Mere days after the Feds warned banks about an impending ATM cash heist, hackers managed to siphon $13 million from the Pune, India-based Cosmos Bank – using cloned versions of the bank’s debit cards over the course of two days. It’s unlikely to be the last ATM theft that makes news, given how widely available debit-card information is on the Dark Web – and how lucrative the efforts can be.
Fraudulent debit cards are at the center of many ATM heists, according to the FBI: “The cybercriminals typically create fraudulent copies of legitimate cards by sending stolen card data to co-conspirators who imprint the data on reusable magnetic strip cards, such as gift cards purchased at retail stores. At a pre-determined time, the co-conspirators withdraw account funds from ATMs using these cards.”
Cloud security provider Armor has been tracking hacker activities on different underground markets, both English and Russian, and found that accordingly, the market for cloned ATM cards is on the rise. Multiple outlets are offering details for bank accounts located in the U.S., U.K. and Europe with balances ranging from $3,000 to $50,000, the firm said; and, prices for these cloned, physical cards begin at $200 on average.
“A criminal can spend $750 and get the ATM card for an account with $50,000,” a spokesperson said via email.
Perhaps it’s no wonder that the FBI alert, reported publicly Sunday, proved to be prescient: “The FBI has obtained unspecified reporting indicating cybercriminals are planning to conduct a global automated teller machine (ATM) cash-out scheme in the coming days, likely associated with an unknown card issuer breach. Historic compromises have included small-to-medium size financial institutions, likely due to less robust implementation of cybersecurity controls, budgets or third-party vendor vulnerabilities. The FBI expects the ubiquity of this activity to continue or possibly increase in the near future.”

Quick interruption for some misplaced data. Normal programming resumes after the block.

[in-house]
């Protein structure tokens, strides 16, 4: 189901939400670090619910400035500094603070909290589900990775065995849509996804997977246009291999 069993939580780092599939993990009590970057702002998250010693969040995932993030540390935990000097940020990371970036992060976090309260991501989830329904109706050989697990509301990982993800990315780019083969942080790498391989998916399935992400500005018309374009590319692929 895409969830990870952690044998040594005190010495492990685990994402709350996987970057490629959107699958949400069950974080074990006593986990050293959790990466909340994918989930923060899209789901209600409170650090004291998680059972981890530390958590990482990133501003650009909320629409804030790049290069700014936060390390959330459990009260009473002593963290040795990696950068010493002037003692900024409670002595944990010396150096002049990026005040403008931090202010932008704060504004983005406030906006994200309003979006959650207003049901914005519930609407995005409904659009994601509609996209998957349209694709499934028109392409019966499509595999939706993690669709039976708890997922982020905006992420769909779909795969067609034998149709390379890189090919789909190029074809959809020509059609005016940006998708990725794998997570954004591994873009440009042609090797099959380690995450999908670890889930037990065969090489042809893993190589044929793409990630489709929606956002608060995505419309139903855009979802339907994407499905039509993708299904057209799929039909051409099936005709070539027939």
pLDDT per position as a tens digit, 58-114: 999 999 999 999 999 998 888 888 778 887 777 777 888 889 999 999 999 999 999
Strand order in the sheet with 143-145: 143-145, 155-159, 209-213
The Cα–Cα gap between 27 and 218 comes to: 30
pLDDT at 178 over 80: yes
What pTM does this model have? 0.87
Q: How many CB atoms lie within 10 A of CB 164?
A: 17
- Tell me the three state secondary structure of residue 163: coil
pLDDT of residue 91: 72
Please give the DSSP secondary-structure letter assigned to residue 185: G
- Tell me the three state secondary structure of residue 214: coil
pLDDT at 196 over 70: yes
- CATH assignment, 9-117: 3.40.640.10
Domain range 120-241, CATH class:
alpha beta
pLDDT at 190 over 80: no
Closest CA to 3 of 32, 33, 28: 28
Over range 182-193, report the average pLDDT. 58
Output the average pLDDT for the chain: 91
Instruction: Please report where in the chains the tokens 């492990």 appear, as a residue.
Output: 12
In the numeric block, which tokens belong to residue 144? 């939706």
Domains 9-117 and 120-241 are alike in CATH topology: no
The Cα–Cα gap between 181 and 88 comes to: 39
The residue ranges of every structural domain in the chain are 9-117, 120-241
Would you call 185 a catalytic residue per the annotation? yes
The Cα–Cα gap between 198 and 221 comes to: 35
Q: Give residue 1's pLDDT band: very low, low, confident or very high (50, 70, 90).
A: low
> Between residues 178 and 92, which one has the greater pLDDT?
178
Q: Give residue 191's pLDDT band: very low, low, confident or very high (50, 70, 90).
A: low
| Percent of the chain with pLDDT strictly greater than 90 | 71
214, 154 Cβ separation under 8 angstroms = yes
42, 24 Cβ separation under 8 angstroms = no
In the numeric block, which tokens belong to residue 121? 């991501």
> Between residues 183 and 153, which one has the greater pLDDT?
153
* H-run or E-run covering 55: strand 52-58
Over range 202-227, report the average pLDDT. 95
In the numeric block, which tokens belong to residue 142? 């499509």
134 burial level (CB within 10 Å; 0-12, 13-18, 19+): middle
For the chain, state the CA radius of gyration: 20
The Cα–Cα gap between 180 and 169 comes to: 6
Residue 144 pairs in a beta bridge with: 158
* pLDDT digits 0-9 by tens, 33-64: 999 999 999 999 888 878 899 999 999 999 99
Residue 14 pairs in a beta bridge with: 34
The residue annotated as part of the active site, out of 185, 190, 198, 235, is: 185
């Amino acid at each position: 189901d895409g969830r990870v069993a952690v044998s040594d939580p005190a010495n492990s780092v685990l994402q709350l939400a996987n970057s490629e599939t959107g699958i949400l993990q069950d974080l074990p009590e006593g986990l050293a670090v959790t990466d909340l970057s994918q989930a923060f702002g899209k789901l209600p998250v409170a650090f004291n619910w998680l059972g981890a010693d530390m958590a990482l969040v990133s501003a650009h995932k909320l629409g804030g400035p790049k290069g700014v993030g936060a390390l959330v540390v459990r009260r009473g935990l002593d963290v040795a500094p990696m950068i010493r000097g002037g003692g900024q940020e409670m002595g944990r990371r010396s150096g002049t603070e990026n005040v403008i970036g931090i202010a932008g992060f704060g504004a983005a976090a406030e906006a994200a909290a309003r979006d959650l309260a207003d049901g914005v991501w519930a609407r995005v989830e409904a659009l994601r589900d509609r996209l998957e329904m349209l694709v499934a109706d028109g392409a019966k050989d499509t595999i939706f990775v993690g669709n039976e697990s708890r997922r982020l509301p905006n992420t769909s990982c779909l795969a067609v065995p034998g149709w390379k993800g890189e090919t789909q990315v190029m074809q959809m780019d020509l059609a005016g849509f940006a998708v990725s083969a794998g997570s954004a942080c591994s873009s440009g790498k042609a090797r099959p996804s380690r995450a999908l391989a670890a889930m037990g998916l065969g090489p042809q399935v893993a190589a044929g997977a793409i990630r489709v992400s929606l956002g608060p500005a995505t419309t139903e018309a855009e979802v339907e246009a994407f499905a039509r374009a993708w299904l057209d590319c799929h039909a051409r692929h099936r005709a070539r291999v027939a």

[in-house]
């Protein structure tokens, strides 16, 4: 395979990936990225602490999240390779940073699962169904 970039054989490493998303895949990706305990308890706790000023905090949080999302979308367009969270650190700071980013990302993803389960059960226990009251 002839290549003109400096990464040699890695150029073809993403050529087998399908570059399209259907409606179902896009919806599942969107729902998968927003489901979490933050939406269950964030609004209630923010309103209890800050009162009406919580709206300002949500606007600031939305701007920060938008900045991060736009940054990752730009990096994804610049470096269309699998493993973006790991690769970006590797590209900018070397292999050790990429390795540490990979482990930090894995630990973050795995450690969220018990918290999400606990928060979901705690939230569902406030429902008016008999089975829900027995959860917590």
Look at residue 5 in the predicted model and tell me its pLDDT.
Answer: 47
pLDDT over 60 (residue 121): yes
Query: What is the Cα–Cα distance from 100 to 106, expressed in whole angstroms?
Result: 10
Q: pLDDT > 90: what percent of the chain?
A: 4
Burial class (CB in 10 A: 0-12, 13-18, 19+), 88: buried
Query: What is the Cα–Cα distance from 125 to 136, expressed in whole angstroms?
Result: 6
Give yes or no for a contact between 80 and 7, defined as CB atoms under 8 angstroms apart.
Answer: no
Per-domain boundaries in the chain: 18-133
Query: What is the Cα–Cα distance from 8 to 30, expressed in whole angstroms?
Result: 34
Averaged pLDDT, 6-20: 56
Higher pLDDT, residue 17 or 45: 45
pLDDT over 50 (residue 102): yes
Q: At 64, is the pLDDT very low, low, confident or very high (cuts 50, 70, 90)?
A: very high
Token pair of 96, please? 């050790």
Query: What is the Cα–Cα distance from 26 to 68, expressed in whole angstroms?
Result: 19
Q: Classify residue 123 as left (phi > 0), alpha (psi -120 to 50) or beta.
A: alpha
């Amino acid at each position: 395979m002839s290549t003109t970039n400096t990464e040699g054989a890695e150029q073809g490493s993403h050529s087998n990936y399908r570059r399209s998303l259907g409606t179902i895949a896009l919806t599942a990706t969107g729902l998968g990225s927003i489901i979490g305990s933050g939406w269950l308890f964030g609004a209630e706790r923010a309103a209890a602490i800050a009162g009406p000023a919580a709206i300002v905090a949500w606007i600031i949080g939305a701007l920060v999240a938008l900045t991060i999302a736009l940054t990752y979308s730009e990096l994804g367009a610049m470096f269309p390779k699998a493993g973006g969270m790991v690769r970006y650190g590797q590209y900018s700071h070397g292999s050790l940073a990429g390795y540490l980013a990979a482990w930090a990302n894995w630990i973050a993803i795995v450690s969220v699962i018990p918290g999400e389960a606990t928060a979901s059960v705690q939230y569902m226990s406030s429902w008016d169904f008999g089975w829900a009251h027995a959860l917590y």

That’s exactly what happened to Cosmos Bank, which saw large-scale fraudulent transactions carried out on Saturday and Monday.
“In India, 2,800 false transactions of Rs 2.5 crore using 400 debit cards took place,” Cosmos Bank chairman Milind Kale told reporters on Tuesday. “It’s an international attack on banking system. No customer accounts are affected; dummy cards were used, and the switching system of the bank was hacked.”
He explained that the malefactors had created an interloping proxy switch that they used to approve debit card requests within the core banking system. Then, using 450 fake international Visa debit cards, 12,000 transactions took place in two hours and 13 minutes from ATMs and other locations across 21 countries on Saturday alone.
“In two days, hackers withdrew a total Rs 78 crore from various ATMs in 28 countries, including Canada, Hong Kong and a few ATMs in India, and another Rs 2.5 crore were taken out within India,” Kale said.
ATM theft as an activity is nothing new – though attack vectors vary. The public first became aware of it after the famed, late researcher Barnaby Jack demonstrated an ATM heist at Black Hat 2010, coining the term “jackpotting.” He exploited vulnerabilities in Triton and Tranax machines to install malicious firmware, and eventually was able to withdraw cash from the ATM without needing to use an authenticated bank account.